The obvious benefits of core training are improved posture, reduced back problems and flat abs, but if you’re not getting the results you would like from lower body workouts, core training can help to get better results here too.
Core training works the deep postural muscles of the body which don’t necessarily get trained by ordinary training programs. If you have developed bad postural habits and your core muscles have become weak and imbalanced, you probably exercise with poor body alignment and movement control. This can mean that, although you feel like you are working your legs hard, you might not be getting the conditioning results you want.
Being more precise and controlled with your exercise technique allows you to get more training benefits out of exercises. Lunges, for example, are an excellent exercise for the muscles of the upper legs but they are rarely done with good form. Look at people doing lunges in the gym and you'll see them leaning backwards, forwards, feet too close together, too far apart or out of alignment, knees turning inwards, wobbling etc.. This will make the exercise far less effective in toning up the legs and might lead to knee problems.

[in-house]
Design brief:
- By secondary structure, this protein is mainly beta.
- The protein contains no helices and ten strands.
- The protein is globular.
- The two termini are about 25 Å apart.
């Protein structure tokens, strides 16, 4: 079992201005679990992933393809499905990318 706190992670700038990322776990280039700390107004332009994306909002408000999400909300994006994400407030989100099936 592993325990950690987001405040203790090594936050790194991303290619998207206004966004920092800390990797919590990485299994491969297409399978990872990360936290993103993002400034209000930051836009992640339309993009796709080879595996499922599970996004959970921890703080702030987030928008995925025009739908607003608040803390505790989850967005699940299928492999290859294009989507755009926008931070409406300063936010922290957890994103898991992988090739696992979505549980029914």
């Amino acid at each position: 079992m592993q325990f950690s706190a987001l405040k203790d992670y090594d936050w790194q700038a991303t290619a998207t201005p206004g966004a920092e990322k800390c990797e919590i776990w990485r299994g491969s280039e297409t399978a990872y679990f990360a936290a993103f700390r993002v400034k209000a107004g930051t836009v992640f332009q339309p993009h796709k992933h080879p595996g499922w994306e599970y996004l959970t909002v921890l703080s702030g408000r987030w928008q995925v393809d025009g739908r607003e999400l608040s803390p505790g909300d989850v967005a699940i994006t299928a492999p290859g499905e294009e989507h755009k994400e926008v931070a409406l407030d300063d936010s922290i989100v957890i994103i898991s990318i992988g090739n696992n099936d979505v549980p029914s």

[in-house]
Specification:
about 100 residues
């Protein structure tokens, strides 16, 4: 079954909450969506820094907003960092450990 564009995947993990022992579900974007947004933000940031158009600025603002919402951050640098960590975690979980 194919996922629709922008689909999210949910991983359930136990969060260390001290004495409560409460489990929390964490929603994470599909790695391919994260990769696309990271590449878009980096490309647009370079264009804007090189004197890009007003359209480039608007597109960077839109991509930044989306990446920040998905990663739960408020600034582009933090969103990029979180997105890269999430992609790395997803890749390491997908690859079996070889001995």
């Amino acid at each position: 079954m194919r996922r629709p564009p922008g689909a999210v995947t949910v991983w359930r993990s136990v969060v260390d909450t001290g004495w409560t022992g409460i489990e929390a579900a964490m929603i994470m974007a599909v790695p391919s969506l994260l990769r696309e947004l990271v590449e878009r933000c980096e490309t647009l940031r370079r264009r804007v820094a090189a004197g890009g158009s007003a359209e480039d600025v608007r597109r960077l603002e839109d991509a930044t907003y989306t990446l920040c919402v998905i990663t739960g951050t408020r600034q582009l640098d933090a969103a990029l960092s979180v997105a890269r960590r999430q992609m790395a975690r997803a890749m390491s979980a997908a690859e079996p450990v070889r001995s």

Core training takes time and patience and has to start with the basics, so often exercisers aren’t interested because they want to feel like they are making the most of the time they spend exercising. Core training feels a bit slow and certainly isn’t a calorie burning activity. The long term benefits are worth the time invested though – it’s hard to get good body shaping or sports performance results with bad exercise technique.